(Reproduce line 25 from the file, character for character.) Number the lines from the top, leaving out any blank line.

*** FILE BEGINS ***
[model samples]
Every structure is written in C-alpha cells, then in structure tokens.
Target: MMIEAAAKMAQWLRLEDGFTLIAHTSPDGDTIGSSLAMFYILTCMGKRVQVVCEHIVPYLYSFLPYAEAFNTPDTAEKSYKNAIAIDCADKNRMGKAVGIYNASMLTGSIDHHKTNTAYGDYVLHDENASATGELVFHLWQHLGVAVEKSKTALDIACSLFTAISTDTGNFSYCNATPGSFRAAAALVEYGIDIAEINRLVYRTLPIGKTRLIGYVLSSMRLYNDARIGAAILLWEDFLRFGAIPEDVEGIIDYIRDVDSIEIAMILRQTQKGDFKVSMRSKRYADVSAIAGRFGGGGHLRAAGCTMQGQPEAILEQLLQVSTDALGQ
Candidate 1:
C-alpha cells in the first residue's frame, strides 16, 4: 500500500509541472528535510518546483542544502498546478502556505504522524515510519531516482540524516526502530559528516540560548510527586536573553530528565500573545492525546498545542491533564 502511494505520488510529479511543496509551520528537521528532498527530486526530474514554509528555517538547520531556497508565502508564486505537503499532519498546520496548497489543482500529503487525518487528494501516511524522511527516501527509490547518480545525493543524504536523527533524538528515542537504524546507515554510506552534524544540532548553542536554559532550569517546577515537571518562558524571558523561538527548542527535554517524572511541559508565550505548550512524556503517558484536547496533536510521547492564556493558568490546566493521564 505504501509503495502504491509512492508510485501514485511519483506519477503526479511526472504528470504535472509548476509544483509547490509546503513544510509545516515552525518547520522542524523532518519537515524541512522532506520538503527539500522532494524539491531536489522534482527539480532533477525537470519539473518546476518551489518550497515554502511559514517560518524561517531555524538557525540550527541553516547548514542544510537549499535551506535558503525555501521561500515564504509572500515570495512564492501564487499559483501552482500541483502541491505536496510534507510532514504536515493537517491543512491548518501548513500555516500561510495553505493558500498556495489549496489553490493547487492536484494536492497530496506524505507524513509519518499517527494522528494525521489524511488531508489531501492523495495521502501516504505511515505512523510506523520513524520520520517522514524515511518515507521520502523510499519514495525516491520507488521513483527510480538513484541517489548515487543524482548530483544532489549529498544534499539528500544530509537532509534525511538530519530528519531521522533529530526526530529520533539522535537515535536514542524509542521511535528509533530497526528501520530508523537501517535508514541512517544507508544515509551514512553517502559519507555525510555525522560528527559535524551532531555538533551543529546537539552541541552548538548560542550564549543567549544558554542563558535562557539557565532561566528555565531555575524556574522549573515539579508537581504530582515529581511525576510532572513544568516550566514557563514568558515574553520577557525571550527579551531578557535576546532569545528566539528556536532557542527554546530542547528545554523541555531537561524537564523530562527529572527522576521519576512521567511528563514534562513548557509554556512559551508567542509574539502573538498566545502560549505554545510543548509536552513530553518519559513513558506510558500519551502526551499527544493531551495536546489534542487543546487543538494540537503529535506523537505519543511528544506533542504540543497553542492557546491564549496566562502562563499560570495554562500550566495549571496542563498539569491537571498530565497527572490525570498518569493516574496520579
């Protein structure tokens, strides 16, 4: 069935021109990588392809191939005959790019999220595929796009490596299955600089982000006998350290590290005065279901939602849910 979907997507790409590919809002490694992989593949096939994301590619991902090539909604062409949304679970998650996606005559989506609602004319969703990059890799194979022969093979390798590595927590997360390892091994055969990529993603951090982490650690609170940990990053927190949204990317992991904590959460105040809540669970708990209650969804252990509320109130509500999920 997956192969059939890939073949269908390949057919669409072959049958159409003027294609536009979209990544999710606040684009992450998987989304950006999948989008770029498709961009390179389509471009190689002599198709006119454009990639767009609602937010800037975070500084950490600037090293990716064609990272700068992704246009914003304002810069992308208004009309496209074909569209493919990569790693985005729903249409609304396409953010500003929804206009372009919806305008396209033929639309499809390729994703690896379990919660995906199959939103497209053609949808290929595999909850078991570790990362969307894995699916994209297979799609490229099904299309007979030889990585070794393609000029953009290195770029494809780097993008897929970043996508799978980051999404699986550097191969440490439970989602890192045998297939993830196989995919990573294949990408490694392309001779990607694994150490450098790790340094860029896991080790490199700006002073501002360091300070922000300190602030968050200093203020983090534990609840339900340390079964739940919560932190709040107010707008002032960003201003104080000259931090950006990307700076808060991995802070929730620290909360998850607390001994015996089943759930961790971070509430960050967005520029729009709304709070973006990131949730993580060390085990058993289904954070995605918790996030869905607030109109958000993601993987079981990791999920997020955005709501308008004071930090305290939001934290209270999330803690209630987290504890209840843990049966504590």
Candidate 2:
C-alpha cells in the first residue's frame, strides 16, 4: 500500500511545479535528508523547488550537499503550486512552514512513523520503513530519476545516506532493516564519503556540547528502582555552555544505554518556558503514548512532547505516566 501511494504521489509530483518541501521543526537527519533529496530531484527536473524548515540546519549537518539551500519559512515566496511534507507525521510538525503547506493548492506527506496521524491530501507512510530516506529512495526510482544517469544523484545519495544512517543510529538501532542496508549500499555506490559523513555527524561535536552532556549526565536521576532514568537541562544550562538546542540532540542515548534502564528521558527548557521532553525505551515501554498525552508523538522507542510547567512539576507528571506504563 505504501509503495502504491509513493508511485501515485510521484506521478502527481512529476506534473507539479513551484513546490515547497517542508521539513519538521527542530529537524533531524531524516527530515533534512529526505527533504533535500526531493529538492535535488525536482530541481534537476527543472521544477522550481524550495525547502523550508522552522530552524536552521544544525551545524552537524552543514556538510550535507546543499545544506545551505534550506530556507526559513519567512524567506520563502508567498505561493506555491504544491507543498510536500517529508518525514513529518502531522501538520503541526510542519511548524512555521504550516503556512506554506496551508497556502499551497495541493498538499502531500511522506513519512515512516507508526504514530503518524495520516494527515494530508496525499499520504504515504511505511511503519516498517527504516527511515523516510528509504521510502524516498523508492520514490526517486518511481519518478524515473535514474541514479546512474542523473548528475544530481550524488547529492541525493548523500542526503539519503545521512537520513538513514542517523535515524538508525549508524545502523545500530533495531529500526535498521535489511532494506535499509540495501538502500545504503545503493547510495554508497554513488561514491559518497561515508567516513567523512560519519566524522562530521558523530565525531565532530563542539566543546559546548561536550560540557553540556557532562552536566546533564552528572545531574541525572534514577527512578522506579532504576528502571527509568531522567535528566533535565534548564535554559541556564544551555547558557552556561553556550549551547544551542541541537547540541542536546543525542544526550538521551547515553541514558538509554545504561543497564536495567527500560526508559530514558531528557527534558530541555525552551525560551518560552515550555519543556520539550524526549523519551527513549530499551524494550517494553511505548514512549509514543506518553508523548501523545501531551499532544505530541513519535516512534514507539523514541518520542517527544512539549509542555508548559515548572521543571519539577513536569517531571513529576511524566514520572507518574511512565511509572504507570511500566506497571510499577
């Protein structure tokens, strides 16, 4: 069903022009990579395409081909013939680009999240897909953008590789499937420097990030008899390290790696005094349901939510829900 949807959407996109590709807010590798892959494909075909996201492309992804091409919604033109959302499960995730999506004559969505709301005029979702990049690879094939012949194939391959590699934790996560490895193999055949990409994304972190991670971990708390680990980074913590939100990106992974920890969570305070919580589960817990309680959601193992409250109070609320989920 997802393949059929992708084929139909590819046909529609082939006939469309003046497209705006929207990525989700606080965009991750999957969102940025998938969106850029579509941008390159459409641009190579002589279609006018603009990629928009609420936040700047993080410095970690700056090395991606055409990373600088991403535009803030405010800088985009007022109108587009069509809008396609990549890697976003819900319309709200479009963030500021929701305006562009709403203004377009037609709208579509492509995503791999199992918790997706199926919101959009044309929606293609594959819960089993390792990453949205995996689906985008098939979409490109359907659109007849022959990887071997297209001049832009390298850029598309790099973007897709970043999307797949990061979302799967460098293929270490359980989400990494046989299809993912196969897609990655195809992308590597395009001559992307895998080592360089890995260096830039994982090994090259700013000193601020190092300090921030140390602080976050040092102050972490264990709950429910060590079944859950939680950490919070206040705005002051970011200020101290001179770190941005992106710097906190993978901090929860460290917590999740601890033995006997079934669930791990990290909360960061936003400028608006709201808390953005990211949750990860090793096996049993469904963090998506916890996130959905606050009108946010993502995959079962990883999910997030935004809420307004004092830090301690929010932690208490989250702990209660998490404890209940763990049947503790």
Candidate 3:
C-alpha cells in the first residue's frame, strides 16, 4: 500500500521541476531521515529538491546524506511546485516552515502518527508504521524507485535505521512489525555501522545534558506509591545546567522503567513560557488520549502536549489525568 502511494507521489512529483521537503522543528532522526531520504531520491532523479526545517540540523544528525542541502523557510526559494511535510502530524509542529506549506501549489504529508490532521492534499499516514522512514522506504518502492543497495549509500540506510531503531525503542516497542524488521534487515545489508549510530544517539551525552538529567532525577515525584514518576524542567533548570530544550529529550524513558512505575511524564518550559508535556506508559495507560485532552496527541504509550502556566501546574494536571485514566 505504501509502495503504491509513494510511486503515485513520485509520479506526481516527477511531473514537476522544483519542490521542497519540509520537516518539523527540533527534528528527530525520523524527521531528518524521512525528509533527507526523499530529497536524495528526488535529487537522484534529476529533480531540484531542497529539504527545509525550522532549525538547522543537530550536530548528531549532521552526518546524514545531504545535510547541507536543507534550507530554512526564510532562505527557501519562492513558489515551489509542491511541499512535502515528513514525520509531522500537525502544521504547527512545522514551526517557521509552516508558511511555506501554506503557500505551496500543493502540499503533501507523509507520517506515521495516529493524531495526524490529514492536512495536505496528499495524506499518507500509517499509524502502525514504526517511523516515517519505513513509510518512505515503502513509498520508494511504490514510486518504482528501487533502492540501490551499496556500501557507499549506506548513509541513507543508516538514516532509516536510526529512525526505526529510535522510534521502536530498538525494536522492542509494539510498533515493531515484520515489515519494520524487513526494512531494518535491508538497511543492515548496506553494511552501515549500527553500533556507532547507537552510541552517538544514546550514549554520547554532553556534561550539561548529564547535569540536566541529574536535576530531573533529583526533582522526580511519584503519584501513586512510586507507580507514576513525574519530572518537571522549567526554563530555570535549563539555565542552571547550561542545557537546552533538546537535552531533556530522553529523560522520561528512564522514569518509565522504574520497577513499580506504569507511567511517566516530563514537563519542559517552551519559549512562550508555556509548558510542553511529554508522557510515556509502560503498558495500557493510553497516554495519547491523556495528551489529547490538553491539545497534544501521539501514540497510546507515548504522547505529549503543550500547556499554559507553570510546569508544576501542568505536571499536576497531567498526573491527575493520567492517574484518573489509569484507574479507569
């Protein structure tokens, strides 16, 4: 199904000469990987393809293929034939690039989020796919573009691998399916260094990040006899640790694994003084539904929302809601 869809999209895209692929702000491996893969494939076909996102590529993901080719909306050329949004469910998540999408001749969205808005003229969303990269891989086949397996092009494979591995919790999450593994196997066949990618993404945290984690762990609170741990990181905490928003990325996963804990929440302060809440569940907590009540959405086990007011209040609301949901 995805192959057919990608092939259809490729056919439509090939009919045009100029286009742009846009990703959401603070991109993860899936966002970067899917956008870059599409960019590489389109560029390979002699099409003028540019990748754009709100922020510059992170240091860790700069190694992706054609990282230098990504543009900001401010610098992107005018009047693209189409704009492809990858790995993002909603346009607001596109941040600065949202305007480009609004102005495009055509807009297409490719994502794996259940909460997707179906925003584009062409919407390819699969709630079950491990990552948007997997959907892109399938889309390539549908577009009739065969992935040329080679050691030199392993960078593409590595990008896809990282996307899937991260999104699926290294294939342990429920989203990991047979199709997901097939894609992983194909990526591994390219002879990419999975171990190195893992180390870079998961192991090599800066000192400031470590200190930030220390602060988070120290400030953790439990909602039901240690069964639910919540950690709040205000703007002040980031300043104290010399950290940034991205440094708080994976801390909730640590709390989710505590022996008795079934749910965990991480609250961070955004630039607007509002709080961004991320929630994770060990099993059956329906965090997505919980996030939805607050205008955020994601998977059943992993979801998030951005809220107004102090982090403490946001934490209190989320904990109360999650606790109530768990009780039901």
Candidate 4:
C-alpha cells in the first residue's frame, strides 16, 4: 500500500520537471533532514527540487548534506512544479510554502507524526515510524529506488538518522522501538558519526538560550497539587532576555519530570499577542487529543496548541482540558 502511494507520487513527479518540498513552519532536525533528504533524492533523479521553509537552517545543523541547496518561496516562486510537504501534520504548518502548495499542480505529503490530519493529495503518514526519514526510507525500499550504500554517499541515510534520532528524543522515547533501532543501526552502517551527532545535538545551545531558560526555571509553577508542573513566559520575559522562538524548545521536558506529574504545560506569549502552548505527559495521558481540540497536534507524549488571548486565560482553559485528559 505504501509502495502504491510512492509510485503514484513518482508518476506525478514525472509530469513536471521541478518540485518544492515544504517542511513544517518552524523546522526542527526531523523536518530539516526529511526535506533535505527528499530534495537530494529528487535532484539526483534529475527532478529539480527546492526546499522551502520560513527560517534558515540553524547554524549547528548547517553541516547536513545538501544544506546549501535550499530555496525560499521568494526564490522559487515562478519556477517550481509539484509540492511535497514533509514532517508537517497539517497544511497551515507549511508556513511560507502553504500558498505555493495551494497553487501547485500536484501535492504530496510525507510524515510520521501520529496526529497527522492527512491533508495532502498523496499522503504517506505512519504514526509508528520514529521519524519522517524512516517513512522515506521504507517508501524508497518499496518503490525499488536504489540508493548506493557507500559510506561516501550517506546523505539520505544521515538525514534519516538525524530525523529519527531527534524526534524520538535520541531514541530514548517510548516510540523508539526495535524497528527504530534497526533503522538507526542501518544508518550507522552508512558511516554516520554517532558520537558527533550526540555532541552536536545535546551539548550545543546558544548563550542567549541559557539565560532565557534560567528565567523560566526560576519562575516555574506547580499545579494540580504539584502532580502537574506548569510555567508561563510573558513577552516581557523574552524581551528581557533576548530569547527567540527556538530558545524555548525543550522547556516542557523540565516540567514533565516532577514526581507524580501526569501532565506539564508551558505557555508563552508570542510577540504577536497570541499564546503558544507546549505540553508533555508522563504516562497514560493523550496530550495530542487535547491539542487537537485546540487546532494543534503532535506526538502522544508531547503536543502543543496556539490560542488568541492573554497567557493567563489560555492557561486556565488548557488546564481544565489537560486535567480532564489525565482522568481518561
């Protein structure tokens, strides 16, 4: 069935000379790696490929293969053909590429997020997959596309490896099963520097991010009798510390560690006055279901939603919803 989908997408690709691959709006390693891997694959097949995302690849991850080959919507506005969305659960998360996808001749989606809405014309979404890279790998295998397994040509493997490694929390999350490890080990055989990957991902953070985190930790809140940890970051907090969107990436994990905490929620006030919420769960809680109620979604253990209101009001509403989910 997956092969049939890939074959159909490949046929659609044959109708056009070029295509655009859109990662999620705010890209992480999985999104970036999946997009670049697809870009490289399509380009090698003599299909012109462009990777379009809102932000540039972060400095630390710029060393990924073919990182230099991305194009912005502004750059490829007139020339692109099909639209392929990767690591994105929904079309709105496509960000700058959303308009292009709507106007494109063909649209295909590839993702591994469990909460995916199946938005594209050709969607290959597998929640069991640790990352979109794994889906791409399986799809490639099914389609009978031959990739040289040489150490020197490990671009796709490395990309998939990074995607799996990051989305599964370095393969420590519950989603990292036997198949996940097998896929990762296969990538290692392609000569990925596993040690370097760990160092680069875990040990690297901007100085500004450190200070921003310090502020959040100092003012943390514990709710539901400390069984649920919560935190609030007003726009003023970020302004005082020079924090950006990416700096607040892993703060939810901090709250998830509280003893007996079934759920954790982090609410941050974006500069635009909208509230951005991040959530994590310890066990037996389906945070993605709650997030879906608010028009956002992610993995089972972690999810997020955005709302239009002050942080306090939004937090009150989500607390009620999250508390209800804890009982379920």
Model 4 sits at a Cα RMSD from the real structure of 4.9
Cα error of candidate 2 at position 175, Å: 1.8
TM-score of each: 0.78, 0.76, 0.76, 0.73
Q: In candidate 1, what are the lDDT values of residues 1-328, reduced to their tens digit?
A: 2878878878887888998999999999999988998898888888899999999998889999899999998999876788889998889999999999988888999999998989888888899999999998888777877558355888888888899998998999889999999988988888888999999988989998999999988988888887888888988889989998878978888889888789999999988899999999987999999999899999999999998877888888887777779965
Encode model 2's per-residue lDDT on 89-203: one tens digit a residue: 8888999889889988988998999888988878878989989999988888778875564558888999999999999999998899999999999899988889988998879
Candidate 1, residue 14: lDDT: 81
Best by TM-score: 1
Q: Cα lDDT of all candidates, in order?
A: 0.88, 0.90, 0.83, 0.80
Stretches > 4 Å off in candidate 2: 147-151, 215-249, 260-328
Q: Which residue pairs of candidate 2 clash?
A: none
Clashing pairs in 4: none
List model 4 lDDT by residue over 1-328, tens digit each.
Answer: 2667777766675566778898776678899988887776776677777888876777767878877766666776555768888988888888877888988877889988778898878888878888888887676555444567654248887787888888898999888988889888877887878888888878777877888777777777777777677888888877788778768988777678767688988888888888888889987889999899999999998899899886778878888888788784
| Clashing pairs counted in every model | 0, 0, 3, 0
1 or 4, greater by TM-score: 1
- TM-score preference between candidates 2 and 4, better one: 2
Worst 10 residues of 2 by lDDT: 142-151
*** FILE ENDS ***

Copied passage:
A: 0.88, 0.90, 0.83, 0.80